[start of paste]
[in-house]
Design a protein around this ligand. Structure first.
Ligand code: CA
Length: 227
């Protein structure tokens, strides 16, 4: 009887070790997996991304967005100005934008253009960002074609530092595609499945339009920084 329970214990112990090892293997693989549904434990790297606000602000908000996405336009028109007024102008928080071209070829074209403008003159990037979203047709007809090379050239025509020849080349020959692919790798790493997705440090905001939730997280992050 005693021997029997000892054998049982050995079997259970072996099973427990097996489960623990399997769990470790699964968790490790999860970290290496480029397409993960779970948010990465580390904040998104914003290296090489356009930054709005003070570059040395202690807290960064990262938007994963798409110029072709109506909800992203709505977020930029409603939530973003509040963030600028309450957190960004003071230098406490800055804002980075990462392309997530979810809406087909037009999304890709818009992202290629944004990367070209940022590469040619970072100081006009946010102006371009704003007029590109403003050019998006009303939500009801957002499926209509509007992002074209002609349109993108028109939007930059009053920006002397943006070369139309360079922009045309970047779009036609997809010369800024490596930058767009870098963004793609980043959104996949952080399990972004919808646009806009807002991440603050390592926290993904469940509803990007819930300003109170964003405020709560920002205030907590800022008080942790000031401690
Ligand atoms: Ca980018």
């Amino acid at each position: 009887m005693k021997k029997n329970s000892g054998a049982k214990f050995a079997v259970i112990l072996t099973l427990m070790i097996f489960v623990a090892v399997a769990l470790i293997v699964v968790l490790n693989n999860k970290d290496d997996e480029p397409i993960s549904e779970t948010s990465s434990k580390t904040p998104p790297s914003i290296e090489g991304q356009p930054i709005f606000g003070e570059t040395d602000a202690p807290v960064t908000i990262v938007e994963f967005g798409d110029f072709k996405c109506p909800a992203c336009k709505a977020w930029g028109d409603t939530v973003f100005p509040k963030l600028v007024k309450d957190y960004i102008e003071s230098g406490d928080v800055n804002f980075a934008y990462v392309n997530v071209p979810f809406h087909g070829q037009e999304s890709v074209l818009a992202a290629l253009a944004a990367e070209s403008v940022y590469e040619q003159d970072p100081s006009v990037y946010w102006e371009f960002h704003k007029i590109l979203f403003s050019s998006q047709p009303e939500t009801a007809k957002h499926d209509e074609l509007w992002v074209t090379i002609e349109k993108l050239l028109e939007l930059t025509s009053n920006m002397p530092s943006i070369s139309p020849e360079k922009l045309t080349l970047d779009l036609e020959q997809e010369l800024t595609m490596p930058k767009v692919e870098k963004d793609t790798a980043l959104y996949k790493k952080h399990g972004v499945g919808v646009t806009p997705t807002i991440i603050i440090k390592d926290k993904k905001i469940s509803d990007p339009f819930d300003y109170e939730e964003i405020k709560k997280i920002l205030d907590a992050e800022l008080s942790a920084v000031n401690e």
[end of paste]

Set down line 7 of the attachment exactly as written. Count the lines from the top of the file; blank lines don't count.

């Amino acid at each position: 009887m005693k021997k029997n329970s000892g054998a049982k214990f050995a079997v259970i112990l072996t099973l427990m070790i097996f489960v623990a090892v399997a769990l470790i293997v699964v968790l490790n693989n999860k970290d290496d997996e480029p397409i993960s549904e779970t948010s990465s434990k580390t904040p998104p790297s914003i290296e090489g991304q356009p930054i709005f606000g003070e570059t040395d602000a202690p807290v960064t908000i990262v938007e994963f967005g798409d110029f072709k996405c109506p909800a992203c336009k709505a977020w930029g028109d409603t939530v973003f100005p509040k963030l600028v007024k309450d957190y960004i102008e003071s230098g406490d928080v800055n804002f980075a934008y990462v392309n997530v071209p979810f809406h087909g070829q037009e999304s890709v074209l818009a992202a290629l253009a944004a990367e070209s403008v940022y590469e040619q003159d970072p100081s006009v990037y946010w102006e371009f960002h704003k007029i590109l979203f403003s050019s998006q047709p009303e939500t009801a007809k957002h499926d209509e074609l509007w992002v074209t090379i002609e349109k993108l050239l028109e939007l930059t025509s009053n920006m002397p530092s943006i070369s139309p020849e360079k922009l045309t080349l970047d779009l036609e020959q997809e010369l800024t595609m490596p930058k767009v692919e870098k963004d793609t790798a980043l959104y996949k790493k952080h399990g972004v499945g919808v646009t806009p997705t807002i991440i603050i440090k390592d926290k993904k905001i469940s509803d990007p339009f819930d300003y109170e939730e964003i405020k709560k997280i920002l205030d907590a992050e800022l008080s942790a920084v000031n401690e």